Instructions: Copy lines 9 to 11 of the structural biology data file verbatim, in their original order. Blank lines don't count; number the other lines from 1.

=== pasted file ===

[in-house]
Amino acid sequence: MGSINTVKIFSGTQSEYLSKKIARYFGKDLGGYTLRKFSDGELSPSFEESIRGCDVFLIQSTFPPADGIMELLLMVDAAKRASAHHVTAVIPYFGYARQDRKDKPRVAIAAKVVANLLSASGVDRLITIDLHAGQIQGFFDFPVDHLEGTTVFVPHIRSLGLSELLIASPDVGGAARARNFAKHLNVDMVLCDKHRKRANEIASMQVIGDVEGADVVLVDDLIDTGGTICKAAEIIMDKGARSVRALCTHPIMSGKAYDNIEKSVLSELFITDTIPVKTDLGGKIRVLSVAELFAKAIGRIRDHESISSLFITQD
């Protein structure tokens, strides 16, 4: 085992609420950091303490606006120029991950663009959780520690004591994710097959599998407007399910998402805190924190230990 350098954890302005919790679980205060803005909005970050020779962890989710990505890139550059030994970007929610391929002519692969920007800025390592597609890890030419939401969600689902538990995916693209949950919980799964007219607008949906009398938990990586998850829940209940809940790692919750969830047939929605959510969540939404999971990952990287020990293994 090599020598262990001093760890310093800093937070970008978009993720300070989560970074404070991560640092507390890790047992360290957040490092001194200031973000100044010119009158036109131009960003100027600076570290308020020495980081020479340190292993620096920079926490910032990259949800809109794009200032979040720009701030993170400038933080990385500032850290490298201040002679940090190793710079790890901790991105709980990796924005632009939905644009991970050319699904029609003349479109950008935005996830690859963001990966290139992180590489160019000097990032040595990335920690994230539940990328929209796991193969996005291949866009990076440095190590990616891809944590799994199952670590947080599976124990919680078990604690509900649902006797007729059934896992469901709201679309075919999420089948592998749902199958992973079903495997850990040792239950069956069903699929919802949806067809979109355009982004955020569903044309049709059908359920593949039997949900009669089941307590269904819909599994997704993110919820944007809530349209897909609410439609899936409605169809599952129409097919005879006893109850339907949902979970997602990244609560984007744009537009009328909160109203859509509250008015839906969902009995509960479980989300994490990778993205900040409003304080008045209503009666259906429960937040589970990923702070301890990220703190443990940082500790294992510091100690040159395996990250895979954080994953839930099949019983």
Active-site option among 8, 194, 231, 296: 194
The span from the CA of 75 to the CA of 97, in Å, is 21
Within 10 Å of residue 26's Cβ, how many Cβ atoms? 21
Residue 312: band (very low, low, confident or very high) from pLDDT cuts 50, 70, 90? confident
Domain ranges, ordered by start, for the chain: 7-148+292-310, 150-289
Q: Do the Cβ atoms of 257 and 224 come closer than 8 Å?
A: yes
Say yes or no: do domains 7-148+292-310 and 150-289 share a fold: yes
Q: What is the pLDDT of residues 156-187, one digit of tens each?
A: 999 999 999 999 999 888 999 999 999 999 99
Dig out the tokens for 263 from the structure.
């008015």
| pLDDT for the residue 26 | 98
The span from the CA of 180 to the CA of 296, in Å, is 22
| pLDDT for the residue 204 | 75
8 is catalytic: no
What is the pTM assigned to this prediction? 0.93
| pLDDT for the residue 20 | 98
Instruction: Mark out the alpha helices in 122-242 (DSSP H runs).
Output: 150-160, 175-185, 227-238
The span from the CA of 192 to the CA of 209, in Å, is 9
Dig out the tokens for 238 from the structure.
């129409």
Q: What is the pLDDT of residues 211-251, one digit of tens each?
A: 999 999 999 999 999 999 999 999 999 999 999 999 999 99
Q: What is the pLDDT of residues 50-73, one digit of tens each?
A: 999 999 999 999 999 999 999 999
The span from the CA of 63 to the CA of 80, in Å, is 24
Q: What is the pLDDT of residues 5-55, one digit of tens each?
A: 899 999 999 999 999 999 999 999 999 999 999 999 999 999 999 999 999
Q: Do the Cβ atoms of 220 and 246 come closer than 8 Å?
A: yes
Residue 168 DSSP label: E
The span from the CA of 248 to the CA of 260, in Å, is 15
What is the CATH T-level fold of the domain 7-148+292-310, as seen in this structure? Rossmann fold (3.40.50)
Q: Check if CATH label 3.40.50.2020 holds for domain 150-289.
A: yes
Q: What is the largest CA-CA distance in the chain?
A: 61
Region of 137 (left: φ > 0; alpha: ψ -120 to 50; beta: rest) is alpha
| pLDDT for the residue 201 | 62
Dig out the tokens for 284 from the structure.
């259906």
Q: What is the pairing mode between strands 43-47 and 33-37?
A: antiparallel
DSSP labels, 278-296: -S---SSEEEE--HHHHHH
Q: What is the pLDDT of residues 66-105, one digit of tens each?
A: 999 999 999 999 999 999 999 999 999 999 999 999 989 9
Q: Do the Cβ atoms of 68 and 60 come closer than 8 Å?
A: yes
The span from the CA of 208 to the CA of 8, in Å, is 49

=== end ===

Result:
Q: Do the Cβ atoms of 257 and 224 come closer than 8 Å?
A: yes
Say yes or no: do domains 7-148+292-310 and 150-289 share a fold: yes